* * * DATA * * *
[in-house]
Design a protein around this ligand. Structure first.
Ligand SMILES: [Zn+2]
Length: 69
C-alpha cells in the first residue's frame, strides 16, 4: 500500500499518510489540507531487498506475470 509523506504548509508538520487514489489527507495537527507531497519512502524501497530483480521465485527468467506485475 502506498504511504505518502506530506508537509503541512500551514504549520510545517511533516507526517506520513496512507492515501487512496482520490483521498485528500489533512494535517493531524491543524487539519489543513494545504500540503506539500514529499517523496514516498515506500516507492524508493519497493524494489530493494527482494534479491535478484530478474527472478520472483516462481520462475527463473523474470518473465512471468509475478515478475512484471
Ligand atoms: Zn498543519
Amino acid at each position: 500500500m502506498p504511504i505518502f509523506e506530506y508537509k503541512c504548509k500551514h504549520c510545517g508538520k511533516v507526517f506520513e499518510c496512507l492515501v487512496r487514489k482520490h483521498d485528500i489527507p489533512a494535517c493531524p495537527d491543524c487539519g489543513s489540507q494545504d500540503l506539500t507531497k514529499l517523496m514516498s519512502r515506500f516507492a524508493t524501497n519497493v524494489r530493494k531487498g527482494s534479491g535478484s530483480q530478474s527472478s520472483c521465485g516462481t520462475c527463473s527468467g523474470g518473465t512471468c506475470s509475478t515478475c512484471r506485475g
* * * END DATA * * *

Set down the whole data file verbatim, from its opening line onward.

[in-house]
Design a protein around this ligand. Structure first.
Ligand SMILES: [Zn+2]
Length: 69
C-alpha cells in the first residue's frame, strides 16, 4: 500500500499518510489540507531487498506475470 509523506504548509508538520487514489489527507495537527507531497519512502524501497530483480521465485527468467506485475 502506498504511504505518502506530506508537509503541512500551514504549520510545517511533516507526517506520513496512507492515501487512496482520490483521498485528500489533512494535517493531524491543524487539519489543513494545504500540503506539500514529499517523496514516498515506500516507492524508493519497493524494489530493494527482494534479491535478484530478474527472478520472483516462481520462475527463473523474470518473465512471468509475478515478475512484471
Ligand atoms: Zn498543519
Amino acid at each position: 500500500m502506498p504511504i505518502f509523506e506530506y508537509k503541512c504548509k500551514h504549520c510545517g508538520k511533516v507526517f506520513e499518510c496512507l492515501v487512496r487514489k482520490h483521498d485528500i489527507p489533512a494535517c493531524p495537527d491543524c487539519g489543513s489540507q494545504d500540503l506539500t507531497k514529499l517523496m514516498s519512502r515506500f516507492a524508493t524501497n519497493v524494489r530493494k531487498g527482494s534479491g535478484s530483480q530478474s527472478s520472483c521465485g516462481t520462475c527463473s527468467g523474470g518473465t512471468c506475470s509475478t515478475c512484471r506485475g